Football may have put it on the map, but Manchester is a city that is constantly reinventing itself. With its art, history, architecture and shops, it has the advantage, even if you never attend a match, writes Max Davidson
Since Sheikh Mansour bin Zayed bought Manchester City in 2008, the club has become a superpower in the game, rivalling its more celebrated neighbour. City and United have dominated this year's Premier League and, when the two clubs meet on April 30, the match is likely to decide the destiny of the title. City fans, in particular, are talking about nothing else. If they do pip United to the title, it will be their first for nearly 50 years.
Even though Manchester and football have become inseparable in the public imagination, there is far more to the city than football - as ever more visitors are discovering. Who would have guessed 20 years ago that there would be daily flights from the Emirates to a soggy northern English city where an umbrella is more or less obligatory? Trips that began as sporting pilgrimages have become much broader voyages of discovery, as visitors revel in the heady mix of shopping, nightlife, history and culture that Manchester has to offer.
There are enough attractions to fill a week, and, as a his-and-hers destination, Manchester is hard to beat. He might go to a football match while she shops at Selfridges and has lunch at the store's elegant French restaurant perched above Exchange Square. Then they can meet for an evening together in the bohemian Northern Quarter listening to live jazz, or a candlelit dinner overlooking one of Manchester's many canals or waterways. No city in England outside of London offers quite so many options.
The hotel where I am staying, the Lowry, is part of the Rocco Forte collection, and has a sophistication that would have been unimaginable 30 years ago, when Manchester was in the economic doldrums. Huge picture windows look out across the jagged city skyline. Beautiful people throng the bar and restaurant, lulled by live piano music.
Eating out in Manchester - once a lacklustre experience perhaps consisting of a foray into the city's down-at-heel Chinatown - has become a real culinary adventure.
Nothing had prepared me for the seriously funky Australasia, a stylish basement restaurant in the city centre where ingredients from three continents are thrown together with verve and panache. From the wild mushrooms with truffle mayonnaise to the cannon of lamb with hickory aubergine and wild herbs, every dish is thrillingly fresh.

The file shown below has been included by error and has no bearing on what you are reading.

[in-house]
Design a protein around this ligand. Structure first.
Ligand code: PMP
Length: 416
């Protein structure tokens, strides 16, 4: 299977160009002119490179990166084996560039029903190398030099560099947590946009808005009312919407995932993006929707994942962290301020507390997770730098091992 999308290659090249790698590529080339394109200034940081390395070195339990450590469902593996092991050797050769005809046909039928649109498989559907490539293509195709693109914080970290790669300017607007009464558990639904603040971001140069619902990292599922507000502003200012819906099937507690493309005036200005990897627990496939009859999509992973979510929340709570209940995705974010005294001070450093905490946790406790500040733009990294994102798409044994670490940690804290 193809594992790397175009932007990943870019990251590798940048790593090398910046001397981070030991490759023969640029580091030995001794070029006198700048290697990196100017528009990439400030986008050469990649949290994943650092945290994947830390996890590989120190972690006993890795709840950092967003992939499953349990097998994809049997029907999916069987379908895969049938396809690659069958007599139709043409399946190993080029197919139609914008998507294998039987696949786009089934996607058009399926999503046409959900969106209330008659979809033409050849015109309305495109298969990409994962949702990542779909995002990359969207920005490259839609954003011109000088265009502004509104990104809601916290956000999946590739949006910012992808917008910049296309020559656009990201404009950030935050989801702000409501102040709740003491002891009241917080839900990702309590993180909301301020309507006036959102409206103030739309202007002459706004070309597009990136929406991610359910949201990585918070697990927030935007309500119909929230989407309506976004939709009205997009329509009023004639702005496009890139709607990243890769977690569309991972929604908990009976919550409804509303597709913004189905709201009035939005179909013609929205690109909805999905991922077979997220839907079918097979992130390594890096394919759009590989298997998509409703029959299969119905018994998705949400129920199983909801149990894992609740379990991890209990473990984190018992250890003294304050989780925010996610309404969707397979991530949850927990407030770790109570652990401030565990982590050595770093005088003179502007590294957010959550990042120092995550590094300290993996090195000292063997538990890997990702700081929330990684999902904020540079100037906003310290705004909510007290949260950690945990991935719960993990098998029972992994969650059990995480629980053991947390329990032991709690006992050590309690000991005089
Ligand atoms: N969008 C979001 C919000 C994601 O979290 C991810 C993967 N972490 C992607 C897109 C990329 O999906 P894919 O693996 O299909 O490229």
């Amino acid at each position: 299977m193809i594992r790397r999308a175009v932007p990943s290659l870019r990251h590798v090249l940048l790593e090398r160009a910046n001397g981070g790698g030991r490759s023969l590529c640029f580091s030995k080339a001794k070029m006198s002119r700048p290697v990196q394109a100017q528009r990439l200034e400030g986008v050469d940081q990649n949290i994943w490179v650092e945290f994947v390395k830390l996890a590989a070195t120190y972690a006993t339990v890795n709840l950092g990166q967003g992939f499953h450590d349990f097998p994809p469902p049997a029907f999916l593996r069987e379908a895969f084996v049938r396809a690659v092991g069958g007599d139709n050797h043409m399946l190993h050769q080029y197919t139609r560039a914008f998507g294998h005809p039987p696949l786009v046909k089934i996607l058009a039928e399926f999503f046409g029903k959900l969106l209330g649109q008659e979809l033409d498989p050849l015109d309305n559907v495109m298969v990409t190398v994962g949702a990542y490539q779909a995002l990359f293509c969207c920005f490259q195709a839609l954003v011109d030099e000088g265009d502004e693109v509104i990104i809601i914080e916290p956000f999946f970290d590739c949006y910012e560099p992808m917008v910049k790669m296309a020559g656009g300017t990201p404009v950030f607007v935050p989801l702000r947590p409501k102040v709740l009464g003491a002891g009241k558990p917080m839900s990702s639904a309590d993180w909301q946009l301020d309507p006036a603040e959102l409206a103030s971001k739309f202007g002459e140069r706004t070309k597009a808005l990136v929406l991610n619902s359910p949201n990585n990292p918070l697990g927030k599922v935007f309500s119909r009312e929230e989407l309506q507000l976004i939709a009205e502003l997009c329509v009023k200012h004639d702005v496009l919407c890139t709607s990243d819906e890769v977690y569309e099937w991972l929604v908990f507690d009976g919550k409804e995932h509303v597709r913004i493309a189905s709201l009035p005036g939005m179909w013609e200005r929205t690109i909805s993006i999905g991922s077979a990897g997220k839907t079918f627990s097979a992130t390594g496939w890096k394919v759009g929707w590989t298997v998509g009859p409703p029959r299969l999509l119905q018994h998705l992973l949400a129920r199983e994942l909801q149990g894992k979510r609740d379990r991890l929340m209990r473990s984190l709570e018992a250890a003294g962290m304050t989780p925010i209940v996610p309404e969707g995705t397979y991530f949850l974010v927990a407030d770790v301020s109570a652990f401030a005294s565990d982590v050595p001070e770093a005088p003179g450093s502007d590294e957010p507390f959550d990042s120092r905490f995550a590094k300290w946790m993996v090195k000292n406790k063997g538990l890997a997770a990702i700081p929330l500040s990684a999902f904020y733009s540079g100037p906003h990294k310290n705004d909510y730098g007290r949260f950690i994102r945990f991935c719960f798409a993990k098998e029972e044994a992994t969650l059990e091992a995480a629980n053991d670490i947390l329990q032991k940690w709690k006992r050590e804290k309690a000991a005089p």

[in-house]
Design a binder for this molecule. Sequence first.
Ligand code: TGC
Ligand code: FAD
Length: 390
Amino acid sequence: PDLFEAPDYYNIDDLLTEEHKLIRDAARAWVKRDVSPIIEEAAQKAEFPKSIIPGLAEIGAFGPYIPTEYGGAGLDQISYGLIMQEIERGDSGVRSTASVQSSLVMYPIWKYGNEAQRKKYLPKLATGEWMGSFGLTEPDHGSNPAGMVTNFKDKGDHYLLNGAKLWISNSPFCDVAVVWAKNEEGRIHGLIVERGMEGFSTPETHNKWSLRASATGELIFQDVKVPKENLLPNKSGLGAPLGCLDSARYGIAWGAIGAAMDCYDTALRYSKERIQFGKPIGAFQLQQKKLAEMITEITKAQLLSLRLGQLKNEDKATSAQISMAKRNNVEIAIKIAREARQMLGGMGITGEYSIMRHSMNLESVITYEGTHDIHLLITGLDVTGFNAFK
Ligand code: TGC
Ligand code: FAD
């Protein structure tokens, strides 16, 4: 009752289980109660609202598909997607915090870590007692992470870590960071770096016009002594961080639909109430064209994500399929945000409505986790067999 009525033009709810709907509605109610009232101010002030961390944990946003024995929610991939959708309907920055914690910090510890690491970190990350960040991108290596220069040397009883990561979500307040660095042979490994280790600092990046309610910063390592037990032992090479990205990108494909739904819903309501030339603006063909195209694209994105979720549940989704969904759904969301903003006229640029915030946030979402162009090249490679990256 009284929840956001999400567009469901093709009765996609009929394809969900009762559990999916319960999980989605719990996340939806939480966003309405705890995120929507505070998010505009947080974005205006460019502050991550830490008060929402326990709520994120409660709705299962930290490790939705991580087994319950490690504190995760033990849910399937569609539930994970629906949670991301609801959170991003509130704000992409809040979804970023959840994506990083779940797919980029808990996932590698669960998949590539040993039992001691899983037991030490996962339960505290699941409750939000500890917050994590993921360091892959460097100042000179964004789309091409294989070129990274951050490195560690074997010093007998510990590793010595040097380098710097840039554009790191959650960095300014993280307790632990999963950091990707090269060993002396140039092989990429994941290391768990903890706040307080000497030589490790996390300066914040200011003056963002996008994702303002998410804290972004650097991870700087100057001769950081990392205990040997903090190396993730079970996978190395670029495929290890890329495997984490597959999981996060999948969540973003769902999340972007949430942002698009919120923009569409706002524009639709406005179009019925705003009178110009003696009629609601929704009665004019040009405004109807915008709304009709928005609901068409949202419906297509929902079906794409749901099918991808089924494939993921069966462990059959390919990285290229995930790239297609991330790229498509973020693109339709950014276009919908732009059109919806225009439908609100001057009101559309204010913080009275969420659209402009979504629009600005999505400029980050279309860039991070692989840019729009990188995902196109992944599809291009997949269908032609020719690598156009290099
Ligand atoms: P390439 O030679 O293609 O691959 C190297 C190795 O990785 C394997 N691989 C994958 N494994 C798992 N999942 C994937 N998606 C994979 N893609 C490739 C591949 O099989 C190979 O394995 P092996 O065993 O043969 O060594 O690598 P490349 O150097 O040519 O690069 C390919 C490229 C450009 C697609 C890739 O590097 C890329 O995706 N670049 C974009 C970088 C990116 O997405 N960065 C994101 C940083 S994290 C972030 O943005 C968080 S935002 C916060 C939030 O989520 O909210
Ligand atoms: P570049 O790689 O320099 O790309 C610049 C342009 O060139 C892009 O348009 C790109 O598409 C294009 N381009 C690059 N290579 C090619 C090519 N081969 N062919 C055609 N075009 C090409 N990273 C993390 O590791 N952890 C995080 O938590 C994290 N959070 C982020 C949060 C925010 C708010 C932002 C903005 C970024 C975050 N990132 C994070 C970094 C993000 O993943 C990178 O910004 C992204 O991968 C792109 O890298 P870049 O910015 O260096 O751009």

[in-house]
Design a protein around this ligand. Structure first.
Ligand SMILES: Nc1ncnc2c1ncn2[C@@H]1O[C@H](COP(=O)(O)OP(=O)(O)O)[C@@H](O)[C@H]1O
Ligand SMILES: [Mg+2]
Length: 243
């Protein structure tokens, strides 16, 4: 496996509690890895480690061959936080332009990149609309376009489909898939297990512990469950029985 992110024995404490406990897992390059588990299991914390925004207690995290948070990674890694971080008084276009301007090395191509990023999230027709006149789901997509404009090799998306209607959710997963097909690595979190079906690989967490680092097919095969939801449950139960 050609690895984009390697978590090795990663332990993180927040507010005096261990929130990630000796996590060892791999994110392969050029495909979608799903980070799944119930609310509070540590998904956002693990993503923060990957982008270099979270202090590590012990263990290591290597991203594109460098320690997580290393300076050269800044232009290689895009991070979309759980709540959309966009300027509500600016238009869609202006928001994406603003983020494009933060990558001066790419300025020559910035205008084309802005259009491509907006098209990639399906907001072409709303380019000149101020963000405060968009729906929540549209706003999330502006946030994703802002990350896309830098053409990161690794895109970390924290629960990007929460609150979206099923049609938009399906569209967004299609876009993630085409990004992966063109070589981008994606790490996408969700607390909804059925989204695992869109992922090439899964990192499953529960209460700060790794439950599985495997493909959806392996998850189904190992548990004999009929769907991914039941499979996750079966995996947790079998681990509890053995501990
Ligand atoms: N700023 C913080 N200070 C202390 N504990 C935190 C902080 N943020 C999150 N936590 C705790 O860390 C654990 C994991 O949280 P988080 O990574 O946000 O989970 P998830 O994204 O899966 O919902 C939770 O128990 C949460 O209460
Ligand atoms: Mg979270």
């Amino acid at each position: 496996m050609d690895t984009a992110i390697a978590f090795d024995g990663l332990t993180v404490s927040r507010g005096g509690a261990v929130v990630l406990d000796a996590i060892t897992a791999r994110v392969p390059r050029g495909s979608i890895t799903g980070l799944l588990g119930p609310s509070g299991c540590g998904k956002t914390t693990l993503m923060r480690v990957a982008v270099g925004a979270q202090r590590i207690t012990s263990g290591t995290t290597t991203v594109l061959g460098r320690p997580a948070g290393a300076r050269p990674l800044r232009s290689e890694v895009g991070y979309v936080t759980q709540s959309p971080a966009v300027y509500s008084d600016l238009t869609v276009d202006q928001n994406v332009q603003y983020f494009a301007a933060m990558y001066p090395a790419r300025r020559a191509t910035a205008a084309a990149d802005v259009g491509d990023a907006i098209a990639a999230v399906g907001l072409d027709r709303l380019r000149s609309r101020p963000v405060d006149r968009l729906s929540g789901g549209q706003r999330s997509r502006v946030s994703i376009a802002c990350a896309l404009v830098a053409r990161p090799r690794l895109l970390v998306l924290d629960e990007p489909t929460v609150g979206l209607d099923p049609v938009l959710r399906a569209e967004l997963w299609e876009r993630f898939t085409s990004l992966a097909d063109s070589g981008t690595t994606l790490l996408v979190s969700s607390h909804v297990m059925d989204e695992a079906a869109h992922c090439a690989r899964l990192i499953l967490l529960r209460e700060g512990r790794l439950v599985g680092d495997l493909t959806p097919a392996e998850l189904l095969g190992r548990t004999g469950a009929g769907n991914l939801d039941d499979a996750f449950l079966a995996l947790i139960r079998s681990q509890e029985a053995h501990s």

Part of me wants to sit here for hours, savouring the food and soaking up the atmosphere. But there is so much to see and do in Manchester that it is best to keep on the move.
As a football fan, my sightseeing naturally starts with visits to Old Trafford, home to Manchester United, and the Etihad Stadium, where Manchester City plays. Old Trafford is bigger and glitzier, with a terrific museum that is deservedly popular. The story of a great club, rising from the ashes of the 1958 Munich air disaster to become a global sporting brand, is stirringly delivered.
The smaller Etihad Stadium is barely 10 years old, but crackles with the electricity of a major sporting venue. The highlight is a stadium tour that takes fans behind the scenes to the press room, the private boxes, the tunnel in which the players muster before kick-off, and even to the home dressing room, the holy of holies.
If you are expecting to see a few lockers and pegs on the wall, think again. The tour brings home the sheer professionalism of the modern game, from the state-of-the-art gym in which players warm up before the game to the massage tables and ice baths where they recuperate afterwards. Nothing is left to chance, and there is a bewildering array of whiteboards and electronic screens on which tactics can be analysed and discussed.
"Manchester Thanks You, Sheikh Mansour", reads a sign above one of the stands. When you see the Rolls-Royce facilities enjoyed by the players, it is not hard to see why.
With football fever gripping the city as the climax of the Premier League season looms, there is yet more good news for fans. On July 6, the National Football Museum finally opens after being relocated from Preston to the Urbis building in the city centre. It promises to be a must-visit attraction, tracing the origins of the modern game back to school playing fields in 19th-century England.
But if you cannot stand football, don't despair. Manchester's shops, which never used to have the same cachet as London's Oxford Street, have suddenly become a major tourist magnet, particularly for visitors from the Middle East.